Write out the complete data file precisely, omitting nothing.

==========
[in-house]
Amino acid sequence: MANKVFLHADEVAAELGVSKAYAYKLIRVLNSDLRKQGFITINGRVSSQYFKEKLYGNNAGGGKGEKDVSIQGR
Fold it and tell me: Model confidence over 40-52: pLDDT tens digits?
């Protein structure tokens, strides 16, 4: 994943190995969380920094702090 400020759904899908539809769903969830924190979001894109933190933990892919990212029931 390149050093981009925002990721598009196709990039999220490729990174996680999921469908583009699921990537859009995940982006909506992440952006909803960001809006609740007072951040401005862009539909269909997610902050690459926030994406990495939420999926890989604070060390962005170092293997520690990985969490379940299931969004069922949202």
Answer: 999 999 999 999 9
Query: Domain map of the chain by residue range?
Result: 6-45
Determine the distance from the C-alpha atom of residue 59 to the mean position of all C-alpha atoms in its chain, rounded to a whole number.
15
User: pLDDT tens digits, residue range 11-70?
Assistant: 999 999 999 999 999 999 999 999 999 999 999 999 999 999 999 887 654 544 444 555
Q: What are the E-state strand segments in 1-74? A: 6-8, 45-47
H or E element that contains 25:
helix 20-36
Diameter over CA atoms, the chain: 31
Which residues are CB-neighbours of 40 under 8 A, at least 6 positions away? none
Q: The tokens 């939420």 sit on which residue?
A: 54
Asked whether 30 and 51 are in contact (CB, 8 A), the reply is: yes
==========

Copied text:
[in-house]
Amino acid sequence: MANKVFLHADEVAAELGVSKAYAYKLIRVLNSDLRKQGFITINGRVSSQYFKEKLYGNNAGGGKGEKDVSIQGR
Fold it and tell me: Model confidence over 40-52: pLDDT tens digits?
């Protein structure tokens, strides 16, 4: 994943190995969380920094702090 400020759904899908539809769903969830924190979001894109933190933990892919990212029931 390149050093981009925002990721598009196709990039999220490729990174996680999921469908583009699921990537859009995940982006909506992440952006909803960001809006609740007072951040401005862009539909269909997610902050690459926030994406990495939420999926890989604070060390962005170092293997520690990985969490379940299931969004069922949202």
Answer: 999 999 999 999 9
Query: Domain map of the chain by residue range?
Result: 6-45
Determine the distance from the C-alpha atom of residue 59 to the mean position of all C-alpha atoms in its chain, rounded to a whole number.
15
User: pLDDT tens digits, residue range 11-70?
Assistant: 999 999 999 999 999 999 999 999 999 999 999 999 999 999 999 887 654 544 444 555
Q: What are the E-state strand segments in 1-74? A: 6-8, 45-47
H or E element that contains 25:
helix 20-36
Diameter over CA atoms, the chain: 31
Which residues are CB-neighbours of 40 under 8 A, at least 6 positions away? none
Q: The tokens 């939420």 sit on which residue?
A: 54
Asked whether 30 and 51 are in contact (CB, 8 A), the reply is: yes